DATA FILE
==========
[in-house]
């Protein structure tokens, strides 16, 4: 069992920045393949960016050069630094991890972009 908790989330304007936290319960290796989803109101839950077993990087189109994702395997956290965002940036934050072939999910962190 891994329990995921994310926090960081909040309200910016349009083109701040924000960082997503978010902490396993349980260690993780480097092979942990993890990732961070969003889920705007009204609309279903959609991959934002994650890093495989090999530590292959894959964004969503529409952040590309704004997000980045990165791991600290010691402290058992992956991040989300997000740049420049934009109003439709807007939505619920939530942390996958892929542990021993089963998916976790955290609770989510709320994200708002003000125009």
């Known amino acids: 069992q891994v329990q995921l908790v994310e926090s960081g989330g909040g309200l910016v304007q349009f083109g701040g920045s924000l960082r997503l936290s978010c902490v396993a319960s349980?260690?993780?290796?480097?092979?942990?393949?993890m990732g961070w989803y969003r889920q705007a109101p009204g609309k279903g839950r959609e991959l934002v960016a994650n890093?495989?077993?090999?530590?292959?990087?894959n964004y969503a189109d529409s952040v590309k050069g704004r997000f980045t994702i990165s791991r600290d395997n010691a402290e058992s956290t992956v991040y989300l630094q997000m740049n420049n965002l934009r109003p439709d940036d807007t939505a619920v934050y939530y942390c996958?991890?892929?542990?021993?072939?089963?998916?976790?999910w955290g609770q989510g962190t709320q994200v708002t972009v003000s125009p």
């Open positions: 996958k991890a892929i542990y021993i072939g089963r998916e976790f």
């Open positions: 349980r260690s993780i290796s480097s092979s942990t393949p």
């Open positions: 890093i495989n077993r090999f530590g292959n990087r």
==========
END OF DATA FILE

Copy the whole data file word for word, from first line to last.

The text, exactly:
[in-house]
């Protein structure tokens, strides 16, 4: 069992920045393949960016050069630094991890972009 908790989330304007936290319960290796989803109101839950077993990087189109994702395997956290965002940036934050072939999910962190 891994329990995921994310926090960081909040309200910016349009083109701040924000960082997503978010902490396993349980260690993780480097092979942990993890990732961070969003889920705007009204609309279903959609991959934002994650890093495989090999530590292959894959964004969503529409952040590309704004997000980045990165791991600290010691402290058992992956991040989300997000740049420049934009109003439709807007939505619920939530942390996958892929542990021993089963998916976790955290609770989510709320994200708002003000125009």
């Known amino acids: 069992q891994v329990q995921l908790v994310e926090s960081g989330g909040g309200l910016v304007q349009f083109g701040g920045s924000l960082r997503l936290s978010c902490v396993a319960s349980?260690?993780?290796?480097?092979?942990?393949?993890m990732g961070w989803y969003r889920q705007a109101p009204g609309k279903g839950r959609e991959l934002v960016a994650n890093?495989?077993?090999?530590?292959?990087?894959n964004y969503a189109d529409s952040v590309k050069g704004r997000f980045t994702i990165s791991r600290d395997n010691a402290e058992s956290t992956v991040y989300l630094q997000m740049n420049n965002l934009r109003p439709d940036d807007t939505a619920v934050y939530y942390c996958?991890?892929?542990?021993?072939?089963?998916?976790?999910w955290g609770q989510g962190t709320q994200v708002t972009v003000s125009p």
């Open positions: 996958k991890a892929i542990y021993i072939g089963r998916e976790f």
């Open positions: 349980r260690s993780i290796s480097s092979s942990t393949p």
């Open positions: 890093i495989n077993r090999f530590g292959n990087r």